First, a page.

Lecturer: Anupama Gadiyara
Jupyter Notebook Author: Kishalay De & Cameron Hummels
This is a Jupyter notebook lesson taken from the GROWTH Winter School 2018. For other lessons and their accompanying lectures, please see: http://growth.caltech.edu/growth-astro-school-2018-resources.html
Process raw images from a visible wavelength telescope and make them ready for photometric analysis
See GROWTH school webpage for detailed instructions on how to install these modules and packages. Nominally, you should be able to install the python modules with
pip install <module>. The external astromatic packages are easiest installed using package managers (e.g.,
#import some useful modules from astropy.io import fits import matplotlib.pyplot as plt import glob import os from astropy.stats import sigma_clipped_stats import numpy as np import subprocess import astroscrappy import pyregion import shutil
In order for this jupyter notebook to function correctly, we must have some external software installed, as described above. The following step assures that these are installed properly before getting to the rest of the content of this lesson.
dependencies = ['SWarp', 'sextractor'] def test_dependency(dep): try: subprocess.Popen(dep, stderr=subprocess.PIPE).stderr.read() print("%s is installed properly. OK" % dep) return 1 except ImportError: print("===%s IS NOT YET INSTALLED PROPERLY===" % dep) return 0 i = 0 for dep in dependencies: i += test_dependency(dep) print("\n%i out of %i dependencies installed properly." % (i, len(dependencies))) if i != len(dependencies): print("Please correctly install these programs before continuing.") else: print("You are ready to continue.")
SWarp is installed properly. OK sextractor is installed properly. OK 2 out of 2 dependencies installed properly. You are ready to continue.
The various directories where data live are defined here for use later in this notebook
curpath = os.path.abspath('.') # top level directory dataFolder = os.path.join(curpath, 'data') # data dir biasFolder = os.path.join(dataFolder, 'bias') # biases flatFolder = os.path.join(dataFolder, 'flats') # flats sciFolder = os.path.join(dataFolder, 'science') # science data procFolder = os.path.join(curpath, 'processing')# processing directory if not os.path.isdir(procFolder): os.mkdir(procFolder) else: for f in os.listdir(procFolder): os.remove(os.path.join(procFolder,f)) #clear the processing folder from previous iterations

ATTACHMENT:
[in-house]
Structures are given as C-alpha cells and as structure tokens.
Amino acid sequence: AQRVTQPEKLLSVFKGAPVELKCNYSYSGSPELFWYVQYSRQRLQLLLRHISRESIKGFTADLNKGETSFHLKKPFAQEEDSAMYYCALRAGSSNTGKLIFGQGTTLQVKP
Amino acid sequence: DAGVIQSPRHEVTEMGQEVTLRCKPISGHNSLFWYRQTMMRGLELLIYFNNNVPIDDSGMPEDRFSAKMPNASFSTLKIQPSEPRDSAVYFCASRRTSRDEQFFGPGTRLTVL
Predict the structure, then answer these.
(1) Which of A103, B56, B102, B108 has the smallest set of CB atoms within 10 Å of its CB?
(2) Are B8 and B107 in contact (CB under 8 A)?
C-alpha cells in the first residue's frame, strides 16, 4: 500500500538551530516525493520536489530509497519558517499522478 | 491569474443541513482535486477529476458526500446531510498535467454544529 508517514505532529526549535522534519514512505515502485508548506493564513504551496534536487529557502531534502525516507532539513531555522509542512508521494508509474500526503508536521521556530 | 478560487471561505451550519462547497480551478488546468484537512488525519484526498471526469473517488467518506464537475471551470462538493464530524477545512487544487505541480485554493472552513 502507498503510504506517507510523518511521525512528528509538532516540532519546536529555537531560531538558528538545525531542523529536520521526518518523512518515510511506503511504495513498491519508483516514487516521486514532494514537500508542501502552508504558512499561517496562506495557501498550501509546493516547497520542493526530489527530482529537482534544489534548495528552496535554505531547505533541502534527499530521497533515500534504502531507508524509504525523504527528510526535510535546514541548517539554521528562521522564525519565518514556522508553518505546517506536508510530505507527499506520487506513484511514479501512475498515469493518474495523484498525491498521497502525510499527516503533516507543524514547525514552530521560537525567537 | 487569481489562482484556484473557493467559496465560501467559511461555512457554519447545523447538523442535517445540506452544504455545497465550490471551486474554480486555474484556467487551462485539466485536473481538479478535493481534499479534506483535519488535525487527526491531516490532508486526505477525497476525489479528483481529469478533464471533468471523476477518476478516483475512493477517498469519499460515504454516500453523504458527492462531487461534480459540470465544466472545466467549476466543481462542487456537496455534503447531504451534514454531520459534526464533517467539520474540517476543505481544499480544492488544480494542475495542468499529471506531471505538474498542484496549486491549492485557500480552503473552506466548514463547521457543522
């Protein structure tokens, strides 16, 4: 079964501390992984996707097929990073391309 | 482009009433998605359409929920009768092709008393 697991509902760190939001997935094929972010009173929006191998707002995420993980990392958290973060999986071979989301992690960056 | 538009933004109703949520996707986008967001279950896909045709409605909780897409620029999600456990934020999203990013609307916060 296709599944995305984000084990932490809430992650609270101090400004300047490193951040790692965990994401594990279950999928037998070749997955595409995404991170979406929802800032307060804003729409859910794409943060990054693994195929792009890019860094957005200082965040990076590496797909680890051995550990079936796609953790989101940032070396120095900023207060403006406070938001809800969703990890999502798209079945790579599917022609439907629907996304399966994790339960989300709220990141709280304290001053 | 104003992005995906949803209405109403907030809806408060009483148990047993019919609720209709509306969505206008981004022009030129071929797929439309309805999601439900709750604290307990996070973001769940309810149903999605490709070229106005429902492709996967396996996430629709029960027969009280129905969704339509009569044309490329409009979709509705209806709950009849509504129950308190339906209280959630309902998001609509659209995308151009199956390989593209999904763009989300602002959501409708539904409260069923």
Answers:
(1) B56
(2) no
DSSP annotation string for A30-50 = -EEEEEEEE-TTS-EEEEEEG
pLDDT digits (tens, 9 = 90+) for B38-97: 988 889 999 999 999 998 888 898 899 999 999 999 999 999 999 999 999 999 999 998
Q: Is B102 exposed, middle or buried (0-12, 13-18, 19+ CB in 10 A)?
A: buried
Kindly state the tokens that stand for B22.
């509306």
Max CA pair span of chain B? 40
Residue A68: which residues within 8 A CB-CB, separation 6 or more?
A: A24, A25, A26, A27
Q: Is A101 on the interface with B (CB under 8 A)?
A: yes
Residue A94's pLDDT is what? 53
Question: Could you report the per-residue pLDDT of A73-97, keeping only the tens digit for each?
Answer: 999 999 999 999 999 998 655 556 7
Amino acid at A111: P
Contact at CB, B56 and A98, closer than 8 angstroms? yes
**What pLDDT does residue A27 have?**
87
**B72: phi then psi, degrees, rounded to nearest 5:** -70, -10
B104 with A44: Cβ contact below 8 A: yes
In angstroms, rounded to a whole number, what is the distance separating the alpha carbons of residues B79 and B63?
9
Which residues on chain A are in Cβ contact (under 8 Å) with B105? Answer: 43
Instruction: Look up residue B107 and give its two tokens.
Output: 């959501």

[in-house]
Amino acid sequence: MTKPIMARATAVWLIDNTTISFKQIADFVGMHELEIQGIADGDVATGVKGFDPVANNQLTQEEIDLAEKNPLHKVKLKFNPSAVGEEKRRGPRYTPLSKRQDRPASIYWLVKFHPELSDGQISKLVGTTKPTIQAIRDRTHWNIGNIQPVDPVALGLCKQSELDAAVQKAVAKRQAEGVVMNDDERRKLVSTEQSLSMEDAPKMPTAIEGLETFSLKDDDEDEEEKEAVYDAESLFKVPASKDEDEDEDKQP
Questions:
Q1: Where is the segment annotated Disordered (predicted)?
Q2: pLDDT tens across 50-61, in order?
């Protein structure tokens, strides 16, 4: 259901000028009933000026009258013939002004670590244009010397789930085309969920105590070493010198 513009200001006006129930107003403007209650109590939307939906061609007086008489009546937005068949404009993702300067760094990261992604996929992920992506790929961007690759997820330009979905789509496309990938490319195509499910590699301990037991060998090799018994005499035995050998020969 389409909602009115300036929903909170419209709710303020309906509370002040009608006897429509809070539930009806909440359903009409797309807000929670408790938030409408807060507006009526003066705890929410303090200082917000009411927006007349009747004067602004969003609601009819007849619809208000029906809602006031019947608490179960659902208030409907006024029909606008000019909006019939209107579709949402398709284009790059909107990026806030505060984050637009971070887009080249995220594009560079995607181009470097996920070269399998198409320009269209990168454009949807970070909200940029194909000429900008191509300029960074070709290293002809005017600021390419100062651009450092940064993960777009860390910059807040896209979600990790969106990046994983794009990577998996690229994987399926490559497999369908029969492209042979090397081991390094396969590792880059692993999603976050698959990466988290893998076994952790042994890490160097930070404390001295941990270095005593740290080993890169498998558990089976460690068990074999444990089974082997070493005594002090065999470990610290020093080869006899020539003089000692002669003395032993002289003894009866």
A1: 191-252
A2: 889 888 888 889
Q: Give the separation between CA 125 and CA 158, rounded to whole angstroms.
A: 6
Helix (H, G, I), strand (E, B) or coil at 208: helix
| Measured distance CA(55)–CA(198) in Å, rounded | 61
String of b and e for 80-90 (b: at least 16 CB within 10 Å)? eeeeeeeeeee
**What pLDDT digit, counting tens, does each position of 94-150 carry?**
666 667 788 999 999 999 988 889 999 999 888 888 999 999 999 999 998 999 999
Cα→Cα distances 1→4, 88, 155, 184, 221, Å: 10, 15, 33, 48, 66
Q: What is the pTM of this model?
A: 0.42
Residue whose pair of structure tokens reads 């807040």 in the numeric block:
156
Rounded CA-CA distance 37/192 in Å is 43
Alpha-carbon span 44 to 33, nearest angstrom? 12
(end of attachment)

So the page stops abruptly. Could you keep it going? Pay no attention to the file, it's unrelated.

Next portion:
os.chdir(sciFolder) fileList = glob.glob('*.fits') os.chdir(curpath) procList = [os.path.join(procFolder, file) for file in fileList] sciList = [os.path.join(sciFolder, file) for file in fileList]
The image data received from the telescope is in the form of a FITS file containing a 2D array of counts that represent the brightness distribution on the sky as seen by the detector. We have to remove the effects of the telescope optical chain from this image to get the true brightness distribution on the sky. There are are a few different steps involved here. We will call this image distribution $I(x,y)$ as a function of x, y coordinates.
We'll start this module by creating a master bias frame to be subtracted from each of the science and flat images. The idea is to use a median combination of multiple bias frames to get rid of transient features like cosmic rays in each of the individual bias frames, and create a 'Master bias' frame.
biasList = glob.glob(os.path.join(biasFolder,'*fits')) numBiasFiles = len(biasList) print('Found %d bias files'%numBiasFiles) #Let's load all the files into a numpy array #This is a 3D array with each element representing a 4096 x 4108 pixel array corresponding to each input image biasImages = np.zeros((4108, 4096, numBiasFiles)) for i in range(numBiasFiles): biasImages[:,:,i] = fits.open(biasList[i]).data #Let's plot up a single bias frame plt.figure(figsize=(8,8)) mean, median, std = sigma_clipped_stats(biasImages[:,:,0]) plt.figure(figsize=(8,8)) #set the scale of the image based on its statistics plt.imshow(biasImages[:,:,0], vmin = median - 2*std, vmax = median + 2*std) plt.colorbar() plt.show() #Now creating the master bias frame by doing a median combination for each pixel in the list of images masterBias = np.median(biasImages, axis=2)
Found 3 bias files
<Figure size 576x576 with 0 Axes>
Now plot the master bias frame and check what it looks like
#Lets plot the bias image mean, median, std = sigma_clipped_stats(masterBias) plt.figure(figsize=(8,8)) #set the scale of the image based on its statistics plt.imshow(masterBias, vmin = median - 2*std, vmax = median + 2*std) plt.colorbar() plt.show()